Are Introverts Nuts?
Is there something wrong with you if you're an introvert?
Posted April 21, 2010
The American Psychiatric Association (APA) is considering including introversion as a determining factor for diagnosing mental disorders in its Diagnostic and Statistical Manual of Mental Disorders—commonly known as the DSM-5. The APA’s proposed definition of introversion is: “Withdrawal from other people, ranging from intimate relationships to the world at large; restricted affective experience and expression; limited hedonic capacity.” The definition also includes "deficit in the capacity to feel pleasure or take interest in things."
When I took the popular Myers-Briggs Type Indicator® (MBTI®) assessment during my corporate days, I learned that being an introvert meant that I got my energy from my inner world—and that there was nothing wrong with that. In fact, if you’re an introvert, you’re in good company since about half the population has preferences like ours—such as thinking before we speak. If the APA includes the proposed definition of introversion in the DSM-5, could that exacerbate the stigmas that introverts already face?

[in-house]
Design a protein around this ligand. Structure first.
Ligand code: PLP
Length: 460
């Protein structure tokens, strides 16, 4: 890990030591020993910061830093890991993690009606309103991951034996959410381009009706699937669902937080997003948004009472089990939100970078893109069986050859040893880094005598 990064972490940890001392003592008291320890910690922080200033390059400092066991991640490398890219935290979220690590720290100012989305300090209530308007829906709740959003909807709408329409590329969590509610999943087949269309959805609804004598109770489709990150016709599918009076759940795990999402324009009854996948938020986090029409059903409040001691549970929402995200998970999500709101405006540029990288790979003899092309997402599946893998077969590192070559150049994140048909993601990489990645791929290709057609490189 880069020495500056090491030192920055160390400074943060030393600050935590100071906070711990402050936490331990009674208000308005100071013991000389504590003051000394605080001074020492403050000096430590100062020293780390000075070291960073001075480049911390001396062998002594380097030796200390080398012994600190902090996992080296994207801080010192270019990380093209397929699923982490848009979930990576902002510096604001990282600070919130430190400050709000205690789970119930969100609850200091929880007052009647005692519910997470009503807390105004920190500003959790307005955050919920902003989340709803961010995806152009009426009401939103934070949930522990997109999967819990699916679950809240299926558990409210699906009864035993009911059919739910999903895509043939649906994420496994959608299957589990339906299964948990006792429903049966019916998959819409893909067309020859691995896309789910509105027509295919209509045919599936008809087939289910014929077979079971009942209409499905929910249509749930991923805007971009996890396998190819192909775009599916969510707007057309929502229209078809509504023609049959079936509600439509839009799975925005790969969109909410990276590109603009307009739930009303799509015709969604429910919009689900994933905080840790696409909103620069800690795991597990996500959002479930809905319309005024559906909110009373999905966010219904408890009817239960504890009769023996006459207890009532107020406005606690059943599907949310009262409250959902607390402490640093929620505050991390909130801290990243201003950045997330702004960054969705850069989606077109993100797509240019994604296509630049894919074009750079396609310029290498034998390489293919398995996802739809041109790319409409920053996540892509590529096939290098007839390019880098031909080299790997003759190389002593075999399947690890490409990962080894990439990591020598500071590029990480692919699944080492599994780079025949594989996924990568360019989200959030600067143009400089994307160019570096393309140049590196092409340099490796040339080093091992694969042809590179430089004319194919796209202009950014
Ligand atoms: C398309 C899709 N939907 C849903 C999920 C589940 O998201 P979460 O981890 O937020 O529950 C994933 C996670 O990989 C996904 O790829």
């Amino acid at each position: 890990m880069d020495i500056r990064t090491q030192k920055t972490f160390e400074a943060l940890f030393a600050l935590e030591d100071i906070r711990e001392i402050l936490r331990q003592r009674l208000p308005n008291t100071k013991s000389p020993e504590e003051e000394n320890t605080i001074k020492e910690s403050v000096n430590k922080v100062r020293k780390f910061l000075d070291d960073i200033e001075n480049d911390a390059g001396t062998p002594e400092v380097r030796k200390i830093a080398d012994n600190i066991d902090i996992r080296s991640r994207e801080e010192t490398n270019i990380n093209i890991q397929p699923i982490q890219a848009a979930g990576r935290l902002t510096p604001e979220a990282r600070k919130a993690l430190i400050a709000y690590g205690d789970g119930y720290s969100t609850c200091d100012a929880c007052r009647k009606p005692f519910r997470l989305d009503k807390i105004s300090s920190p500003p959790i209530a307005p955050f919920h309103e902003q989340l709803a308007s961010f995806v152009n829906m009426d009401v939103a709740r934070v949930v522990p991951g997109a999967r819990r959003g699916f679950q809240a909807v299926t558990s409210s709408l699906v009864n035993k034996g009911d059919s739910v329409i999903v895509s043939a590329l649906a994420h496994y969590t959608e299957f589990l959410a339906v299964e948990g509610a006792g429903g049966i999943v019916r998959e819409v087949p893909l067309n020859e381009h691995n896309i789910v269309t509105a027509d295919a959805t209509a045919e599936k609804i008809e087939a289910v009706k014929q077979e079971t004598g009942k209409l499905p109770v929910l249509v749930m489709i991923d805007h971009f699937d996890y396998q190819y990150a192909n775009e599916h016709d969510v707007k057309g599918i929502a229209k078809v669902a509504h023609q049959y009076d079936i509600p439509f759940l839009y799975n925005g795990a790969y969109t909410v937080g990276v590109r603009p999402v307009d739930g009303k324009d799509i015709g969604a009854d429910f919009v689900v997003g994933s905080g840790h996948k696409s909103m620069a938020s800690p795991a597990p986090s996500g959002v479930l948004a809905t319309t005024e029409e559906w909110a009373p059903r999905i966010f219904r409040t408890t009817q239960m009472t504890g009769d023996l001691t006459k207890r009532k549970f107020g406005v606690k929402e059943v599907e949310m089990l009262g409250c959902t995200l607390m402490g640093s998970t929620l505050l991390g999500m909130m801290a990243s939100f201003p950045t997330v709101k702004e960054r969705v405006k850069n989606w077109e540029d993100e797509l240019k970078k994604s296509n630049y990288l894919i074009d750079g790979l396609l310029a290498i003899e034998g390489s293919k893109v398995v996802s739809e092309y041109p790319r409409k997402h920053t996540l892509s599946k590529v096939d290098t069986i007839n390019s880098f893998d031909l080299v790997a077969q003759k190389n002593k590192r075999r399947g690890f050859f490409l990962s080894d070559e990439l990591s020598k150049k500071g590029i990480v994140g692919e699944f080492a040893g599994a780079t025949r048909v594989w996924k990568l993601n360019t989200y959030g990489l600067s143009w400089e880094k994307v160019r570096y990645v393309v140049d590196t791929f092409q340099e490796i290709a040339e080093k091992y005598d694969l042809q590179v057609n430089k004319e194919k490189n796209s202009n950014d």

I’m wondering this as a businessperson, and with respect for the field of psychiatry. I'm concerned with the misconceptions around introversion in our society and specifically in the workplace. If introversion becomes a criteria for diagnosing mental disorders, could that lead to confusion among those who learned they were introverts by taking the MBTI® tool and other personality assessments?
“If an introvert is clinically depressed,” says Laurie Helgoe, Ph.D., a clinical psychologist and author of Introvert Power, “that’s a problem.” She adds, “If an introvert is debilitated by anxiety, that is a problem. If an introvert suffers from a social phobia, that is a problem. But if an introvert is simply an introvert, please don't render that person ill. We are talking half the population here!”
If the APA were to use another term instead of introversion, would that help prevent perpetuating the stigma around introversion? Or are the concerns I'm raising a stretch? Are we talking apples and oranges? Is this a semantic squabble?
I welcome your insights and perspectives and will keep you posted if I learn anything compelling to add to the mix. Meanwhile, you can learn more about the proposed definition of introversion on the APA’s Web site. Also check out the DSM5 in Distress blog that Allen Frances, MD writes for Psychology Today and see his recent “DSM5: An Open Process or Bust” story.